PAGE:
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Year : 2022  |  Volume : 14  |  Issue : 2  |  Page : 49-54

Teaching and pioneering endoscopic retrograde cholangiopancreatography at a tertiary center in Nigeria––Year 1 experience: The apprenticeship model––Is this a viable option for Africa?

1 Department of Medicine, Massachusetts General Hospital, Boston, Massachusetts, USA
2 Department of Surgery, Obafemi Awolowo University Teaching Hospitals Complex, Ile-Ife, Nigeria
3 Department of Anesthesiology, Obafemi Awolowo University Teaching Hospitals Complex, Ile-Ife, Nigeria
4 Department of Radiology, Obafemi Awolowo University Teaching Hospitals Complex, Ile-Ife, Nigeria
5 Department of Medicine, Beth Israel Deaconess Medical Center, Boston, Massachusetts, USA
6 Department of Medicine, Obafemi Awolowo University Teaching Hospitals Complex, Ile-Ife, Nigeria
7 UMass Chan Medical School, Worcester, Massachusetts, USA
8 Medical College of Wisconsin, Milwaukee, Wisconsin, USA

Correspondence Address:
Akwi W Asombang
Department of Medicine, Interventional Endoscopy,Division of Gastroenterology, Director of Global Health Programs in Gastroenterology, Massachusetts General Hospital, 15 Parkman Street, Wang 5, Boston, MA 02114
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Source of Support: None, Conflict of Interest: None

DOI: 10.4103/njgh.njgh_15_22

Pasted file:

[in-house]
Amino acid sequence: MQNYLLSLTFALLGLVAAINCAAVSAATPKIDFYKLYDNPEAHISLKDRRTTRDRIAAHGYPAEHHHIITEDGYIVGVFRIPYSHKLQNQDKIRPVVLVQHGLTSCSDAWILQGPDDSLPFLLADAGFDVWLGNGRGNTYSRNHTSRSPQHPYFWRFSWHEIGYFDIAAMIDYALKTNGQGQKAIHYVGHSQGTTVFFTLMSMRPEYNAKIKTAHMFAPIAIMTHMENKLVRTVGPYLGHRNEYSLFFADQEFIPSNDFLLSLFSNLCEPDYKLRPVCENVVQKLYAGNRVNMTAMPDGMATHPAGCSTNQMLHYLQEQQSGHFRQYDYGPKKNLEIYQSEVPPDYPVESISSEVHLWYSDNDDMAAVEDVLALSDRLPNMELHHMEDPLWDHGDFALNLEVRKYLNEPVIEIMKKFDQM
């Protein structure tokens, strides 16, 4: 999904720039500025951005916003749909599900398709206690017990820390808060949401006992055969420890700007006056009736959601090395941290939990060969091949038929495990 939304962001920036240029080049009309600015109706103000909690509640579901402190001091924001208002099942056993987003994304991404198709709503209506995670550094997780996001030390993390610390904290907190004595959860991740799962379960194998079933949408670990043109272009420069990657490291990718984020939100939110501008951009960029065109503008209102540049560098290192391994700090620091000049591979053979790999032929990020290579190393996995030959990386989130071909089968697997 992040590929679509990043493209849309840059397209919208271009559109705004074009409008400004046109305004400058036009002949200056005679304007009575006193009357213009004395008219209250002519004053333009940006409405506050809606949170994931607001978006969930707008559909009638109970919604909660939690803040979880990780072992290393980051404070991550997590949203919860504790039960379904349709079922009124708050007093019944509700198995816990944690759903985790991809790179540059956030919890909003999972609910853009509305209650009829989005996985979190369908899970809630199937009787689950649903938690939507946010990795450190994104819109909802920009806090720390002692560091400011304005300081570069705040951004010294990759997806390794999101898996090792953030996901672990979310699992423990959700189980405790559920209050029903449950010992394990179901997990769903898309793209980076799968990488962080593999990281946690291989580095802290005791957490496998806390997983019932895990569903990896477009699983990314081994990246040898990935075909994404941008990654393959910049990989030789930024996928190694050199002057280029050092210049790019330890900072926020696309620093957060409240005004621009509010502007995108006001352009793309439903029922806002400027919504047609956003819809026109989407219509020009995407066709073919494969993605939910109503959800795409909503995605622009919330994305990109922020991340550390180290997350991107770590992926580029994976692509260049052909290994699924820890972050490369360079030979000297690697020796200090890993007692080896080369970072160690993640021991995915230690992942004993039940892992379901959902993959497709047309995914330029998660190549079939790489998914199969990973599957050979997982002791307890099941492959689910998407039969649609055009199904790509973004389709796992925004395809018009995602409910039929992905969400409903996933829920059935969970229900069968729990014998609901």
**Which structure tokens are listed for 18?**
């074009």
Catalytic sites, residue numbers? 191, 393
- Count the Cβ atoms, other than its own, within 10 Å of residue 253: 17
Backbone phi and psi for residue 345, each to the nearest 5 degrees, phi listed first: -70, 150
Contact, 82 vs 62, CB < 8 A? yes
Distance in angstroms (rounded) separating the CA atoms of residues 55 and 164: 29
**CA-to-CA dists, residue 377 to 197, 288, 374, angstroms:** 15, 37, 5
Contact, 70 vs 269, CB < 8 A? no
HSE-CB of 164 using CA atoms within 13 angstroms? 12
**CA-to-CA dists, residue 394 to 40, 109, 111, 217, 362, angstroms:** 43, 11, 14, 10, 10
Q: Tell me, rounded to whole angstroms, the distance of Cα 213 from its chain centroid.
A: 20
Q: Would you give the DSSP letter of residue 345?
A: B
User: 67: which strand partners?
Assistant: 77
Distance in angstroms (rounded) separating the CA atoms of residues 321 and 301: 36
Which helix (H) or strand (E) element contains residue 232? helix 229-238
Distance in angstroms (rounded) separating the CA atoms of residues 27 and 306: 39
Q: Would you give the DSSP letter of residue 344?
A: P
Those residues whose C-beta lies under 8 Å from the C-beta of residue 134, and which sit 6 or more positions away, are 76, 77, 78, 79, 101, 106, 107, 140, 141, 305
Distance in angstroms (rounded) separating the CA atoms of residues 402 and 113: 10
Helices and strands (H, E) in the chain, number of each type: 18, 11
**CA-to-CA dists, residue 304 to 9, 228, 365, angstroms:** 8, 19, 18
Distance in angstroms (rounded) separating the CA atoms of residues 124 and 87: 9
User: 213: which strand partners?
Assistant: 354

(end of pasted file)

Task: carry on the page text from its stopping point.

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Background: Nigeria is a West African country with a population of 190 million. It has approximately 110 endoscopists, of whom two perform endoscopic retrograde cholangiopancreatography (ERCP), with approximately 100 total ERCPs performed over 15 years. There is a perceived need by Nigerian physicians to increase ERCP capacity. Aim: Develop and assess a 1-year ERCP training program in Nigeria using didactics and quarterly formal (“bolus”) hands on training sessions. Materials and Methods: An introductory conference including didactic and hands on sessions was hosted in March 2018. From this introductory conference, six participants were selected for a 1-year training program. The program involved quarterly, in-country, week-long hands-on ERCP sessions. Sessions were led by an experienced interventional gastroenterologist trained and practicing in USA. A multidisciplinary meeting was held on day 1 of each session. Digital communication was used to transmit program information and request patient referrals from medical doctors. Results: ERCP conference attendees included 15 surgical and medical endoscopists, 3 surgical trainees, 3 GI trainees, 6 nurses, 2 anesthesiologists, 1 interventional radiologist and 6 radiology technicians. Six physicians selected for the ongoing 1-year training program include 1 hepatobiliary surgeon, 2 gastroenterologists, 1 gastroenterology fellow and 2 surgical residents. One participant had prior formal ERCP training including 6 weeks hands-on training abroad. There were 109 referrals over 1 year, with an increasing trend over the year. The farthest referral site was almost 900 km away. Conclusion: There is need for ERCP capacity in Nigeria. ERCP is feasible and safe in Nigeria. Awareness amongst healthcare providers to the available procedure resulted in increased patient referral.

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